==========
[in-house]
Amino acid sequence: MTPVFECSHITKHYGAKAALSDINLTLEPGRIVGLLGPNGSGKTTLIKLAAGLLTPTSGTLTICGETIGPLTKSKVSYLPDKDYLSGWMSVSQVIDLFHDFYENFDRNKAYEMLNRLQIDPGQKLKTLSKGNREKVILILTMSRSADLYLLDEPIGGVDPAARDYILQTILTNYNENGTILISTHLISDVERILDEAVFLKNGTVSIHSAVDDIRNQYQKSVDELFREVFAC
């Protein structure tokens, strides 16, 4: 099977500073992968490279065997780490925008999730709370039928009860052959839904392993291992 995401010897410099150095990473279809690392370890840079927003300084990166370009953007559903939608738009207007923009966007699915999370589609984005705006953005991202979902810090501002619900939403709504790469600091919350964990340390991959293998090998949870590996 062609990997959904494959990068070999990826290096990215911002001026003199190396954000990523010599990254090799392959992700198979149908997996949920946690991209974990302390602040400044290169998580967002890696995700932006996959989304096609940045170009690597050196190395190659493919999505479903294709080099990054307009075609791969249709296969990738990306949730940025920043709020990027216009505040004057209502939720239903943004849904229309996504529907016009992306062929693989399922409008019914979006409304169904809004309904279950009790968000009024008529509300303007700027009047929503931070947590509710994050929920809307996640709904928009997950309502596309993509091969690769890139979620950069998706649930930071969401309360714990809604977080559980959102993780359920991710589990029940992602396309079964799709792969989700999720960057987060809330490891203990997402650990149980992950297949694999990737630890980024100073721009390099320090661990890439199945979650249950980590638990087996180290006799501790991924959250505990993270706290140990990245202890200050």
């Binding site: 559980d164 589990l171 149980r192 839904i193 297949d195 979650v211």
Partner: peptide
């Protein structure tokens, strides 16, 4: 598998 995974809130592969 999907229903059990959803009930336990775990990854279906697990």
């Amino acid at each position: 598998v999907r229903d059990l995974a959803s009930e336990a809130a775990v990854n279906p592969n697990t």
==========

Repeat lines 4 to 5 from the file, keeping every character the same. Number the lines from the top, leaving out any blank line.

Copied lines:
């Binding site: 559980d164 589990l171 149980r192 839904i193 297949d195 979650v211």
Partner: peptide